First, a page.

Before Campbell, Chief Judge, Robson, Acting Chief Judge, and
Perry and Napoli, District Judges, the Executive Commitee.
The opinion of the court was delivered by: Per Curiam.
MEMORANDUM, FINDINGS OF FACT, CONCLUSION OF LAW AND ORDER
On November 6, 1969 respondent Frank W. Oliver, a member of the
bar of this court, on behalf of a number of other attorneys
practicing in criminal cases, filed with this court a suit
captioned Petition in Re: Trials of Pending
Future Criminal Cases, No. 69 C 2339, 306 F. Supp. 333 and
requested consideration and relief. Essentially the petition
stated concern that criminal cases were likely to be affected by
what the petitioners seemed to consider "extraordinary events"
which they attributed to the trial of the case of United States
of America v. David Dellinger et al No. 69 CR 180.
Immediately after filing said petition, and before the court
could possibly give the petition any consideration whatsoever,
respondent conducted a prearranged conference with the
communications media, appeared on television and issued public
statements all of which related to and commented upon the
petition he had just filed with the court.
The petition filed by Mr. Oliver was in due course considered
and determined by this Committee to be frivolous and impertinent
and was ordered stricken. (Executive Committee Order, November
13, 1969). In that order we noted that respondent had issued
statements to the press and other media in this district, on
November 6, 1969, in violation of the Canons of Professional
On November 14, 1969 this Committee issued a citation ordering
respondent to show cause why he should not be disciplined for
violation of the Canons of Professional Ethics and of this
court's mandate to the bar promulgated as a Policy Statement on
November 12, 1965 in response to a directive of the Judicial
Conference of the United States through its Committee on Free
Press — Fair Trial. That mandate reads as follows:
"The members of the bar of this court are reminded
that they as well as the Judges should, in accordance
with the Canons of Judicial and Legal Ethics, refrain
from commenting on and attempting to explain through
any source of news media, action taken or anticipated
in any pending litigation. Extra-judicial comments
and out of court explanations or statements by the
bar notwithstanding their being an attempt to avoid
criticism frequently tend to create rather than
resolve misconceptions and suspicions in the mind of
Violations of this policy by any member of the bar of
this court would be a subject of discipline pursuant
to Rule 8."
At the hearing held upon the Show Cause Order Mr. Oliver filed
a written response in which he admitted that at the time of his
cited misconduct "he knew of the provisions of the applicable
rules" and that "prior to the filing of the petition,
arrangements were made for his interview by the news media, all
with his consent." He further unequivocally states, "That at the
time of that interview he was aware that the conduct in which he
was engaged was violative of the Policy Statement of this court
dated November 12, 1965." Furthermore respondent boldly informed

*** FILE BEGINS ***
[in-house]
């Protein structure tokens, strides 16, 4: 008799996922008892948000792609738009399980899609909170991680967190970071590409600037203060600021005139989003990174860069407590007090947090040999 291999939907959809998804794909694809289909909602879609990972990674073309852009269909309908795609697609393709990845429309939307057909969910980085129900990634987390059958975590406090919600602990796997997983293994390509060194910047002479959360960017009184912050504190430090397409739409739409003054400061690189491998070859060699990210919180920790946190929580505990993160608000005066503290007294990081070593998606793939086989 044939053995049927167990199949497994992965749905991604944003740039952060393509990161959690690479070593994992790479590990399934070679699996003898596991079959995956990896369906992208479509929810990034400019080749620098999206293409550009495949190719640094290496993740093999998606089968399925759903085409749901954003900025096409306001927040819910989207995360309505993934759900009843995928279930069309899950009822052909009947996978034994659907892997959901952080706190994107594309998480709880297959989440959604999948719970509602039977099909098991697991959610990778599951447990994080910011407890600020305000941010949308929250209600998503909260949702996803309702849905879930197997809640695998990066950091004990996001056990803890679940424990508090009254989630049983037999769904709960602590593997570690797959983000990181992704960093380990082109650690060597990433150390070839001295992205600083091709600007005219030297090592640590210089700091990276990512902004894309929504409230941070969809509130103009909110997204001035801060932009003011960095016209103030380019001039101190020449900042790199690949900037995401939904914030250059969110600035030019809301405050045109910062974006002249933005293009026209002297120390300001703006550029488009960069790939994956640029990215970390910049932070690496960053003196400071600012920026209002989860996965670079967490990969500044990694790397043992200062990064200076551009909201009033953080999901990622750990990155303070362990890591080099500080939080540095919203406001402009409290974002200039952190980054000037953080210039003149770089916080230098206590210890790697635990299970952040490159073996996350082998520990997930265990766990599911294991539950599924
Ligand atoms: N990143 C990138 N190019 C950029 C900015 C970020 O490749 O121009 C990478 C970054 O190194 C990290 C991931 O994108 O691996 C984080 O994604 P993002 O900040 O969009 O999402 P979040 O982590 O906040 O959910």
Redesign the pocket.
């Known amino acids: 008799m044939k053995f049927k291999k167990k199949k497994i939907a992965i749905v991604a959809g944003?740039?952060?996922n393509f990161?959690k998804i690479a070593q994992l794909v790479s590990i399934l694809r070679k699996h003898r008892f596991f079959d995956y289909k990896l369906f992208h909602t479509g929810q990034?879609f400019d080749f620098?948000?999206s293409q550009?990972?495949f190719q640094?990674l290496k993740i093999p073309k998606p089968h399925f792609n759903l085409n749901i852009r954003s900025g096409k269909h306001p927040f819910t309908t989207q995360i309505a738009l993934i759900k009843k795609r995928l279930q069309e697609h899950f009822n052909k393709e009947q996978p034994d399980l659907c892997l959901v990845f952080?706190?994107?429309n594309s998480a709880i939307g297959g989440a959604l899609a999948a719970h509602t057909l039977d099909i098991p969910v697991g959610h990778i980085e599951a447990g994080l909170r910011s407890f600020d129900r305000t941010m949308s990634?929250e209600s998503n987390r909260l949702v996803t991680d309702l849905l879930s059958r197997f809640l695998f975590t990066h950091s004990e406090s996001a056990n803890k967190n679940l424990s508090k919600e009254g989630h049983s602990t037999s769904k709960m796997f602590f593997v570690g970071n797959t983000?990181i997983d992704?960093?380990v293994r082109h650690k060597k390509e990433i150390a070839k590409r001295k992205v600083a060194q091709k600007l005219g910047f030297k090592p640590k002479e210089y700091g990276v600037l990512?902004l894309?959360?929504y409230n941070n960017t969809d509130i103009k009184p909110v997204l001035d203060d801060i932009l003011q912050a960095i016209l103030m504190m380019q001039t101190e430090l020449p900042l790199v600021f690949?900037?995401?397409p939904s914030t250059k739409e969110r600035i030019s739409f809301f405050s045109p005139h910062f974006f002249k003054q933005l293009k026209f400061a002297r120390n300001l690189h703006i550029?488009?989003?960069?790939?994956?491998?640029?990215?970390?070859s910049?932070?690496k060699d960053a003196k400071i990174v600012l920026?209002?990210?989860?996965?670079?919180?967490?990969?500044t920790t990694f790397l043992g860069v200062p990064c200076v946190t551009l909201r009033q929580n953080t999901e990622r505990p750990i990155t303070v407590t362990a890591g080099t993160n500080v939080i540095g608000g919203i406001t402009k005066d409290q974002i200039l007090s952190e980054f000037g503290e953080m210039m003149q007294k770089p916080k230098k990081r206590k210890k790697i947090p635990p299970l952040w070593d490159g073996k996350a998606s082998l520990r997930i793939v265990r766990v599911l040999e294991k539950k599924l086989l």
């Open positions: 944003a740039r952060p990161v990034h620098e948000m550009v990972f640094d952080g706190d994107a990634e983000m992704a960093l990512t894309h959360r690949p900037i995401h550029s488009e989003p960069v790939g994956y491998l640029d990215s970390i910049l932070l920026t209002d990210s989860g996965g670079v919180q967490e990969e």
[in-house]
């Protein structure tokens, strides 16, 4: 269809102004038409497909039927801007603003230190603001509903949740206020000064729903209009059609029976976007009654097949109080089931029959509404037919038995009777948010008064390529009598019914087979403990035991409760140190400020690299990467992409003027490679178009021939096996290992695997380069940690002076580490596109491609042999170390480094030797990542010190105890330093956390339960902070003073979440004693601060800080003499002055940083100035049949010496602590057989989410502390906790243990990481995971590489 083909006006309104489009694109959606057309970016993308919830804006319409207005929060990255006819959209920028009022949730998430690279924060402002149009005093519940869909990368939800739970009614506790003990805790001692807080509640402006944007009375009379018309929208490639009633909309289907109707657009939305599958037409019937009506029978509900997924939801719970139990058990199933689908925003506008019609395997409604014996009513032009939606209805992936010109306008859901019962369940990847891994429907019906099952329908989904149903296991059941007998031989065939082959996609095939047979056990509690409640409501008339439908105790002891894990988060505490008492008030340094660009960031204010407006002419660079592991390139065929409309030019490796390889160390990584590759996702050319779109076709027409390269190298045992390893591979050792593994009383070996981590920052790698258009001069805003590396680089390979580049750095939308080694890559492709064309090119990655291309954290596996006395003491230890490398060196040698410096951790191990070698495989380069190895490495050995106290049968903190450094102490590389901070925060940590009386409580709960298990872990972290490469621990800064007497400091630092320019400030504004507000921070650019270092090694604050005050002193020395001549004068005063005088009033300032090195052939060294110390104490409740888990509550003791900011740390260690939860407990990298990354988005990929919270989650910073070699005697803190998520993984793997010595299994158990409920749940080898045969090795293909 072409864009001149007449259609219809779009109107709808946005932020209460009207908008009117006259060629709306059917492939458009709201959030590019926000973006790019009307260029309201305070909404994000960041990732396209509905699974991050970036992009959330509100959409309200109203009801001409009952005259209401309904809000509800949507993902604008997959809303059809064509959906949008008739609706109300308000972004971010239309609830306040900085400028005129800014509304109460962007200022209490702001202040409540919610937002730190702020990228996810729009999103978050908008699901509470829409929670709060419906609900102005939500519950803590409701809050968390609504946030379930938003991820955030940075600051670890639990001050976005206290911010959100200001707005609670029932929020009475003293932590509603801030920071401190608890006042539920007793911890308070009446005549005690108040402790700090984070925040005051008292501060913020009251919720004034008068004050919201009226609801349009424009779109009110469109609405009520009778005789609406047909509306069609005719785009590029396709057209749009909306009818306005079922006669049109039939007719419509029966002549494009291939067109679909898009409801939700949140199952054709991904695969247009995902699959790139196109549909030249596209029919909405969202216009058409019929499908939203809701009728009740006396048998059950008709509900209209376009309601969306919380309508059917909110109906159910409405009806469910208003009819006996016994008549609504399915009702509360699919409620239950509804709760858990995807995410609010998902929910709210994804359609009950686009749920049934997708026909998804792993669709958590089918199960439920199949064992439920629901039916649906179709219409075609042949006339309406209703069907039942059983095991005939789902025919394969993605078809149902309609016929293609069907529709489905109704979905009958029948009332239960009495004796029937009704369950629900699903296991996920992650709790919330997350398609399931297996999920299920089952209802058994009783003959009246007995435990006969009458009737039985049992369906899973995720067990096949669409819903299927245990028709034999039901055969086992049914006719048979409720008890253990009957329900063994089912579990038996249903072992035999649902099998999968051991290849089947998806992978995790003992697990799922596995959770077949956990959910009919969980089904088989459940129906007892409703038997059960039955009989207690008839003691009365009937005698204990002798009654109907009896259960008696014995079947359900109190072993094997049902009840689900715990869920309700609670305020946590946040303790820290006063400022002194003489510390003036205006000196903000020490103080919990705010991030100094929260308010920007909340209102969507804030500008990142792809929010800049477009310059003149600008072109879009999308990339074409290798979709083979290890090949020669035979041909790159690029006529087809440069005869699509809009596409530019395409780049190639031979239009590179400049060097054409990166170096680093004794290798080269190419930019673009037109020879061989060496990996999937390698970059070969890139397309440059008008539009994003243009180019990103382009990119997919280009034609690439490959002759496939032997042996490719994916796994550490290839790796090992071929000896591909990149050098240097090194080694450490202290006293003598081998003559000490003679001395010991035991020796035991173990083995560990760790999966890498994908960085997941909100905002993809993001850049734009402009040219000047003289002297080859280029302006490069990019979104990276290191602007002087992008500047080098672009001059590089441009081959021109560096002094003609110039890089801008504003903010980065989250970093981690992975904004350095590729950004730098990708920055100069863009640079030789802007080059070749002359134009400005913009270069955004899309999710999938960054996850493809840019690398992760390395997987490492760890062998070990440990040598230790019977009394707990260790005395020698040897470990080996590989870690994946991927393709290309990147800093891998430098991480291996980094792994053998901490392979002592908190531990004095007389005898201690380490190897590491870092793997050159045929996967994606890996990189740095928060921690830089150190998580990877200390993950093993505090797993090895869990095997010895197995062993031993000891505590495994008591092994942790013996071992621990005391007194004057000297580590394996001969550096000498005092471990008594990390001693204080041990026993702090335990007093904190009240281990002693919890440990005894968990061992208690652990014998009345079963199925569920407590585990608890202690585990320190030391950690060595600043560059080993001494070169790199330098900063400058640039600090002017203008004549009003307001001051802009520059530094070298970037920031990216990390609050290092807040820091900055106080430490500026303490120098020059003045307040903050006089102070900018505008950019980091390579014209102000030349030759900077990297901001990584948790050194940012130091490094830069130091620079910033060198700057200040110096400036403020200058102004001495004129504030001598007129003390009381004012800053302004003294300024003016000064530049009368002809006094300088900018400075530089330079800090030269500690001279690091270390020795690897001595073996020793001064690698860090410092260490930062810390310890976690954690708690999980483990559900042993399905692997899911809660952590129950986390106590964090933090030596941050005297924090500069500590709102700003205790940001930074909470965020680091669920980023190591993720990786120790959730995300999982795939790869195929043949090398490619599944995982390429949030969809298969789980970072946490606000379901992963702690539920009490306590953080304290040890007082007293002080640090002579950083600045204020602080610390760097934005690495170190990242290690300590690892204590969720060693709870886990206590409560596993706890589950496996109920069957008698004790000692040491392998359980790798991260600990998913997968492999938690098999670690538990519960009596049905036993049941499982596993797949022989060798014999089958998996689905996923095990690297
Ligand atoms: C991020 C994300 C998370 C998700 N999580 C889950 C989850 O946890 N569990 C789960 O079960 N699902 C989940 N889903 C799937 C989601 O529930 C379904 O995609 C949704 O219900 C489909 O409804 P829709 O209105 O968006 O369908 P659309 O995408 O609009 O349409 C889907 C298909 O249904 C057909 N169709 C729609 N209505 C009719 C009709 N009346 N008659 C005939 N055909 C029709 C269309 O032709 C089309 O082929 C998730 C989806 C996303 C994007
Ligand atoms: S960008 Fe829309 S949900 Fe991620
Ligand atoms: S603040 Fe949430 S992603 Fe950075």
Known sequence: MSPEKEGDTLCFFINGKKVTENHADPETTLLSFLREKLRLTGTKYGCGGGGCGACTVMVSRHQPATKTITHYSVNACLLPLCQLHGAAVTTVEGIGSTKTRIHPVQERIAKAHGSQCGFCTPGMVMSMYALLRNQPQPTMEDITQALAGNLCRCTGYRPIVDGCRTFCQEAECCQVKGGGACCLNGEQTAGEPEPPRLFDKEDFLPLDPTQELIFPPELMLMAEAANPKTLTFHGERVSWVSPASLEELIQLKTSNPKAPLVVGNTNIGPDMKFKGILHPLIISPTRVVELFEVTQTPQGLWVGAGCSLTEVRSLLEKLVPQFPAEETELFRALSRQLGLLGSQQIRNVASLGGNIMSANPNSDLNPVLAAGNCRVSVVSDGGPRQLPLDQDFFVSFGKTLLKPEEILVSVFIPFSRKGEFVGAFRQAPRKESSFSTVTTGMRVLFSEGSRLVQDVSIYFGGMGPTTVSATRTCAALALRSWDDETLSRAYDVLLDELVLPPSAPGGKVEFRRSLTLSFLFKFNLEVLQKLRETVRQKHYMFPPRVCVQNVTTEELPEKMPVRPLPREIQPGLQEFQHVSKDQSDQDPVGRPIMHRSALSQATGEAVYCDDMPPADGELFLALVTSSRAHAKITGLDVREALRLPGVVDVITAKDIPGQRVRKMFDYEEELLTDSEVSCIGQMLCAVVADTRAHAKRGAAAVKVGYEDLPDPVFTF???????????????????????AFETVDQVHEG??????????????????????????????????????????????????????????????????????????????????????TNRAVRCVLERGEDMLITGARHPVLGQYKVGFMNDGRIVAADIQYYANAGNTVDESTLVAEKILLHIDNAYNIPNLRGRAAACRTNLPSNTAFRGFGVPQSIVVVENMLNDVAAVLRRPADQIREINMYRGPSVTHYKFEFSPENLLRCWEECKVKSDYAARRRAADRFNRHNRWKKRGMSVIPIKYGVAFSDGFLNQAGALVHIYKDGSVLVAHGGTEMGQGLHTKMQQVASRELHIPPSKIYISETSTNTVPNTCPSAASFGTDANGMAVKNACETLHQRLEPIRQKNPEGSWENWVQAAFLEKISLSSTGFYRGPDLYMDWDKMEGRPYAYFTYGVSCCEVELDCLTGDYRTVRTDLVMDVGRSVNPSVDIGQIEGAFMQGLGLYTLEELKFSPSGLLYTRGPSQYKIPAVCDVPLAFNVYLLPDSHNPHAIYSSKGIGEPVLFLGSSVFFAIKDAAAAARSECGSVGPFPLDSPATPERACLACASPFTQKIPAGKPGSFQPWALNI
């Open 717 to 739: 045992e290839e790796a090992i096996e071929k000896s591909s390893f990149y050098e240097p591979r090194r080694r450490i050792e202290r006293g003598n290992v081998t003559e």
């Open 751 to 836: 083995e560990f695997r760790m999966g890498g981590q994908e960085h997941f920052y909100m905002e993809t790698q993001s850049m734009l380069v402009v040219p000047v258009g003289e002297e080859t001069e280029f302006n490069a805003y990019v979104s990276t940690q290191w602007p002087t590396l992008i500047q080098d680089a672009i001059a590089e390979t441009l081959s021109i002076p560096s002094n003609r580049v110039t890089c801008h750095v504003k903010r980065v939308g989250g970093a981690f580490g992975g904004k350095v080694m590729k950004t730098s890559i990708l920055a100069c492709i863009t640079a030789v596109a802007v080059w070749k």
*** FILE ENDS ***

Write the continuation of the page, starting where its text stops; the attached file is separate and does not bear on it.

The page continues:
the court, "that he intends to continue to make such statements
to the news media and other persons who will listen, as seemed to
him to touch upon matters of public importance, whether or not
they concern the judiciary or the administration of justice, with
the single exception that as in the past he will make no
statements that will tend to contaminate or improperly influence
any trier of facts."
The only defense raised by respondent is a defiant statement
that his conduct was a constitutionally protected activity.
Respondent also filed a two page brief in which he lists the
First Amendment to the United States Constitution and a number of
First Amendment decisions.
In regard to that case, Mr. Oliver admits that he was fully
aware of the mandate of this court prohibiting the comments
complained of, yet made those comments anyway — in total
disregard thereof and in open defiance of the authority and duty
of this court to enforce its mandate. His conduct is aggravated
by his contumacious pronouncement that he intends to continue
violating in the future. We find no reasons, constitutional or
otherwise, justifying this contemptuous and insolent conduct.
We find nothing in our Policy Statement, in the report of the
Judicial Conference upon which it is based, or in the Canons of
Professional Ethics which impinge upon First Amendment freedoms.
We have not unreasonably limited the rights of members of the bar
of this court to discuss any public issues they feel merit their
wisdom. We have only asked and have been required to order our
bar that matters they submit to this court to be litigated in a
judicial proceedings not be litigated in the communications media
while they are pending in court. If any member of the bar feels
compelled by his great charisma or self admitted dramatic ability
to litigate his case in the forum of public opinion via the
communications media instead of in court he need only withdraw as
active counsel in his case.
Nor has respondent any right to select those orders of this
court which he chooses to obey and those he shall disregard
simply on his belief, no matter how well founded, that certain of
the orders of this court may be void or invalid. Our system of
justice provides adequate means to challenge in an orderly
manner, any laws, rules or orders of court which may be thought
to be invalid. Respondent has chosen to ignore these procedures
and to take upon himself the right to decide those he shall obey
and those he ...